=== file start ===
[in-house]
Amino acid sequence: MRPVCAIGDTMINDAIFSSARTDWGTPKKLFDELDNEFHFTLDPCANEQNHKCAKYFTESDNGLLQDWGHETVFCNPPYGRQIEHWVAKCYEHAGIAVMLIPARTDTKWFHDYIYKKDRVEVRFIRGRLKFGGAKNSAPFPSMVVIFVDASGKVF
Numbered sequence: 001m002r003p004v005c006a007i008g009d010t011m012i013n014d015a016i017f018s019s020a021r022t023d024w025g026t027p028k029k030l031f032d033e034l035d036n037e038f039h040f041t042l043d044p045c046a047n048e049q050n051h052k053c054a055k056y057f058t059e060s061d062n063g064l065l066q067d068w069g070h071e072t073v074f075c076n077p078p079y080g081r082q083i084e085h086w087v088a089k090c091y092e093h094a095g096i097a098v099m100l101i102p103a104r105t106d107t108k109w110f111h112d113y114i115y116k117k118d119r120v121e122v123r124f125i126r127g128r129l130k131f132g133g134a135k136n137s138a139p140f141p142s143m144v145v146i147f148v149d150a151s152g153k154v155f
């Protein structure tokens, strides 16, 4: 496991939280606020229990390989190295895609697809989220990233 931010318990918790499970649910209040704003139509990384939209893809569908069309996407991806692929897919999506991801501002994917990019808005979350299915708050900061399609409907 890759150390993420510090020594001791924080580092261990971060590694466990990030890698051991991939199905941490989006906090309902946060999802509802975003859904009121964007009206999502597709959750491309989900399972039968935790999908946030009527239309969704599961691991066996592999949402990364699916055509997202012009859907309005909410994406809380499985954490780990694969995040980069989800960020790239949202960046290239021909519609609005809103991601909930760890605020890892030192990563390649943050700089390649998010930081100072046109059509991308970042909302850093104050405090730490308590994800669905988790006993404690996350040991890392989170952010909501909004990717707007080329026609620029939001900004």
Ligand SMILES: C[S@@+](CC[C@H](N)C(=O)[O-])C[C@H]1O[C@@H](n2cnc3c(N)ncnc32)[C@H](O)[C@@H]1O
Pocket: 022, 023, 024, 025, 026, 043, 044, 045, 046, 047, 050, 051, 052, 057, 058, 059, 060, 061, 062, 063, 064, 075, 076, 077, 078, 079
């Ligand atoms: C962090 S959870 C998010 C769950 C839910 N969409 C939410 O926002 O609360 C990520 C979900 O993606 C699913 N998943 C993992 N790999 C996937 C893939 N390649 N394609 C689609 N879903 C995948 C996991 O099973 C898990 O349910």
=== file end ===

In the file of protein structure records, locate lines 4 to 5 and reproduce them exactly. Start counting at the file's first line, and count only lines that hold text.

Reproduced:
């Protein structure tokens, strides 16, 4: 496991939280606020229990390989190295895609697809989220990233 931010318990918790499970649910209040704003139509990384939209893809569908069309996407991806692929897919999506991801501002994917990019808005979350299915708050900061399609409907 890759150390993420510090020594001791924080580092261990971060590694466990990030890698051991991939199905941490989006906090309902946060999802509802975003859904009121964007009206999502597709959750491309989900399972039968935790999908946030009527239309969704599961691991066996592999949402990364699916055509997202012009859907309005909410994406809380499985954490780990694969995040980069989800960020790239949202960046290239021909519609609005809103991601909930760890605020890892030192990563390649943050700089390649998010930081100072046109059509991308970042909302850093104050405090730490308590994800669905988790006993404690996350040991890392989170952010909501909004990717707007080329026609620029939001900004």
Ligand SMILES: C[S@@+](CC[C@H](N)C(=O)[O-])C[C@H]1O[C@@H](n2cnc3c(N)ncnc32)[C@H](O)[C@@H]1O